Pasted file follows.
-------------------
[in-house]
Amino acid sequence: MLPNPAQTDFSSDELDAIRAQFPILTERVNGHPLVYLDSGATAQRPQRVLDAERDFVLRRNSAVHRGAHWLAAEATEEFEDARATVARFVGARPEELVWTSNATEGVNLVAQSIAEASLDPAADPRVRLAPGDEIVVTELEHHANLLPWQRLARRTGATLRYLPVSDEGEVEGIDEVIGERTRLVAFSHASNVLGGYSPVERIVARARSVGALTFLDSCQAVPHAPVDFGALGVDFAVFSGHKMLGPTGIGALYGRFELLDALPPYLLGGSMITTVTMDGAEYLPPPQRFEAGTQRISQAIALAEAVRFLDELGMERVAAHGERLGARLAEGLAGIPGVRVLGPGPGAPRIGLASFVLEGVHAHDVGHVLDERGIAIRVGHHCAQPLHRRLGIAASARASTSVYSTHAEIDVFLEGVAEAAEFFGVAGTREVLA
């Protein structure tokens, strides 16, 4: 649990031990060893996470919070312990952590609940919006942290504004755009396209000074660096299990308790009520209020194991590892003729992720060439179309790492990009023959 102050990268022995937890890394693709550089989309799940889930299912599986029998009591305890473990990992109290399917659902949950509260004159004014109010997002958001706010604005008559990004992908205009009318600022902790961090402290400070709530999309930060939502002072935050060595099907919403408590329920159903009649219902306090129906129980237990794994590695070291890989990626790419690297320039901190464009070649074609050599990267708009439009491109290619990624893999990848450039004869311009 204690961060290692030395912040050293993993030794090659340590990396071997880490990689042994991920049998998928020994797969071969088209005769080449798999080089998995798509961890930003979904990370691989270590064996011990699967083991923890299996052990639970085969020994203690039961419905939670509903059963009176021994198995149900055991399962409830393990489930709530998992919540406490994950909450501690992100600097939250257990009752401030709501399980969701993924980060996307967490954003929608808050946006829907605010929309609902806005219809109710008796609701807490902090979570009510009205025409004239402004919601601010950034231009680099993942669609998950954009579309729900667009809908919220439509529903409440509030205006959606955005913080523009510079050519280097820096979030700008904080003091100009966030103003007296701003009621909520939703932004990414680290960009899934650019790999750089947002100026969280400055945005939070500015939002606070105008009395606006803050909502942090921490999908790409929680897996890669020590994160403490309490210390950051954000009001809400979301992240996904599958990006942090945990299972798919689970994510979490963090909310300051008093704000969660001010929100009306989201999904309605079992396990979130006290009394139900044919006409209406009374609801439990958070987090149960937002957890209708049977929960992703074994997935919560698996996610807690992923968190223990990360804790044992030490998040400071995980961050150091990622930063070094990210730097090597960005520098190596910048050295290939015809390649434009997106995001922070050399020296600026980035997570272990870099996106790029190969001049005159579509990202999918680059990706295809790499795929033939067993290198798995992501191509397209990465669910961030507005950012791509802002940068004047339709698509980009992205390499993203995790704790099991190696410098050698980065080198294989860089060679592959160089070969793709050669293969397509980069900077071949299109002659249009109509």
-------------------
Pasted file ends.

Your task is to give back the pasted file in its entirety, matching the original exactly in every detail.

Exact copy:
[in-house]
Amino acid sequence: MLPNPAQTDFSSDELDAIRAQFPILTERVNGHPLVYLDSGATAQRPQRVLDAERDFVLRRNSAVHRGAHWLAAEATEEFEDARATVARFVGARPEELVWTSNATEGVNLVAQSIAEASLDPAADPRVRLAPGDEIVVTELEHHANLLPWQRLARRTGATLRYLPVSDEGEVEGIDEVIGERTRLVAFSHASNVLGGYSPVERIVARARSVGALTFLDSCQAVPHAPVDFGALGVDFAVFSGHKMLGPTGIGALYGRFELLDALPPYLLGGSMITTVTMDGAEYLPPPQRFEAGTQRISQAIALAEAVRFLDELGMERVAAHGERLGARLAEGLAGIPGVRVLGPGPGAPRIGLASFVLEGVHAHDVGHVLDERGIAIRVGHHCAQPLHRRLGIAASARASTSVYSTHAEIDVFLEGVAEAAEFFGVAGTREVLA
């Protein structure tokens, strides 16, 4: 649990031990060893996470919070312990952590609940919006942290504004755009396209000074660096299990308790009520209020194991590892003729992720060439179309790492990009023959 102050990268022995937890890394693709550089989309799940889930299912599986029998009591305890473990990992109290399917659902949950509260004159004014109010997002958001706010604005008559990004992908205009009318600022902790961090402290400070709530999309930060939502002072935050060595099907919403408590329920159903009649219902306090129906129980237990794994590695070291890989990626790419690297320039901190464009070649074609050599990267708009439009491109290619990624893999990848450039004869311009 204690961060290692030395912040050293993993030794090659340590990396071997880490990689042994991920049998998928020994797969071969088209005769080449798999080089998995798509961890930003979904990370691989270590064996011990699967083991923890299996052990639970085969020994203690039961419905939670509903059963009176021994198995149900055991399962409830393990489930709530998992919540406490994950909450501690992100600097939250257990009752401030709501399980969701993924980060996307967490954003929608808050946006829907605010929309609902806005219809109710008796609701807490902090979570009510009205025409004239402004919601601010950034231009680099993942669609998950954009579309729900667009809908919220439509529903409440509030205006959606955005913080523009510079050519280097820096979030700008904080003091100009966030103003007296701003009621909520939703932004990414680290960009899934650019790999750089947002100026969280400055945005939070500015939002606070105008009395606006803050909502942090921490999908790409929680897996890669020590994160403490309490210390950051954000009001809400979301992240996904599958990006942090945990299972798919689970994510979490963090909310300051008093704000969660001010929100009306989201999904309605079992396990979130006290009394139900044919006409209406009374609801439990958070987090149960937002957890209708049977929960992703074994997935919560698996996610807690992923968190223990990360804790044992030490998040400071995980961050150091990622930063070094990210730097090597960005520098190596910048050295290939015809390649434009997106995001922070050399020296600026980035997570272990870099996106790029190969001049005159579509990202999918680059990706295809790499795929033939067993290198798995992501191509397209990465669910961030507005950012791509802002940068004047339709698509980009992205390499993203995790704790099991190696410098050698980065080198294989860089060679592959160089070969793709050669293969397509980069900077071949299109002659249009109509």